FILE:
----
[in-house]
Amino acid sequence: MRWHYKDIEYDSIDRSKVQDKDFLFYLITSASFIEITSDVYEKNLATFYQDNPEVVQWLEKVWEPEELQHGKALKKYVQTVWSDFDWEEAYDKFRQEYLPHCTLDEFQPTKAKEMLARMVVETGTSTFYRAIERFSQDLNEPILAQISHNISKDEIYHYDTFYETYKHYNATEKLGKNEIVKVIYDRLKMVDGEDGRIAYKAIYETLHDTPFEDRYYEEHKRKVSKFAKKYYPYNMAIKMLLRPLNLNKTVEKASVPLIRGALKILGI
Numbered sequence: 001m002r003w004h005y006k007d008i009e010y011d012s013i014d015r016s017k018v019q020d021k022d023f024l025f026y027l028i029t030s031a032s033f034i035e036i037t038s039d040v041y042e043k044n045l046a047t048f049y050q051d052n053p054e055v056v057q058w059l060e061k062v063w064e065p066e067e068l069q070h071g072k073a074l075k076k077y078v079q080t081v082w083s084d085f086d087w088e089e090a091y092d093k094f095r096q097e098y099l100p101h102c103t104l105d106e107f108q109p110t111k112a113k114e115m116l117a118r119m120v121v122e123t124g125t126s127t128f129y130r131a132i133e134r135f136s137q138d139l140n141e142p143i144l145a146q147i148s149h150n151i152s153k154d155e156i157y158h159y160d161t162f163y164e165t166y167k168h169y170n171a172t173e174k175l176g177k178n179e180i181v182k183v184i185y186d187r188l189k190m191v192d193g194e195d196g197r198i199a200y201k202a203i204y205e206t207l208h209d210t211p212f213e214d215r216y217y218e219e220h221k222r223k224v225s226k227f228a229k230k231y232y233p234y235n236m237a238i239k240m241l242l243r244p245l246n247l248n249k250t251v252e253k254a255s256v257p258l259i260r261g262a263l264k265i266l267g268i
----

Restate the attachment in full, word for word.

[in-house]
Amino acid sequence: MRWHYKDIEYDSIDRSKVQDKDFLFYLITSASFIEITSDVYEKNLATFYQDNPEVVQWLEKVWEPEELQHGKALKKYVQTVWSDFDWEEAYDKFRQEYLPHCTLDEFQPTKAKEMLARMVVETGTSTFYRAIERFSQDLNEPILAQISHNISKDEIYHYDTFYETYKHYNATEKLGKNEIVKVIYDRLKMVDGEDGRIAYKAIYETLHDTPFEDRYYEEHKRKVSKFAKKYYPYNMAIKMLLRPLNLNKTVEKASVPLIRGALKILGI
Numbered sequence: 001m002r003w004h005y006k007d008i009e010y011d012s013i014d015r016s017k018v019q020d021k022d023f024l025f026y027l028i029t030s031a032s033f034i035e036i037t038s039d040v041y042e043k044n045l046a047t048f049y050q051d052n053p054e055v056v057q058w059l060e061k062v063w064e065p066e067e068l069q070h071g072k073a074l075k076k077y078v079q080t081v082w083s084d085f086d087w088e089e090a091y092d093k094f095r096q097e098y099l100p101h102c103t104l105d106e107f108q109p110t111k112a113k114e115m116l117a118r119m120v121v122e123t124g125t126s127t128f129y130r131a132i133e134r135f136s137q138d139l140n141e142p143i144l145a146q147i148s149h150n151i152s153k154d155e156i157y158h159y160d161t162f163y164e165t166y167k168h169y170n171a172t173e174k175l176g177k178n179e180i181v182k183v184i185y186d187r188l189k190m191v192d193g194e195d196g197r198i199a200y201k202a203i204y205e206t207l208h209d210t211p212f213e214d215r216y217y218e219e220h221k222r223k224v225s226k227f228a229k230k231y232y233p234y235n236m237a238i239k240m241l242l243r244p245l246n247l248n249k250t251v252e253k254a255s256v257p258l259i260r261g262a263l264k265i266l267g268i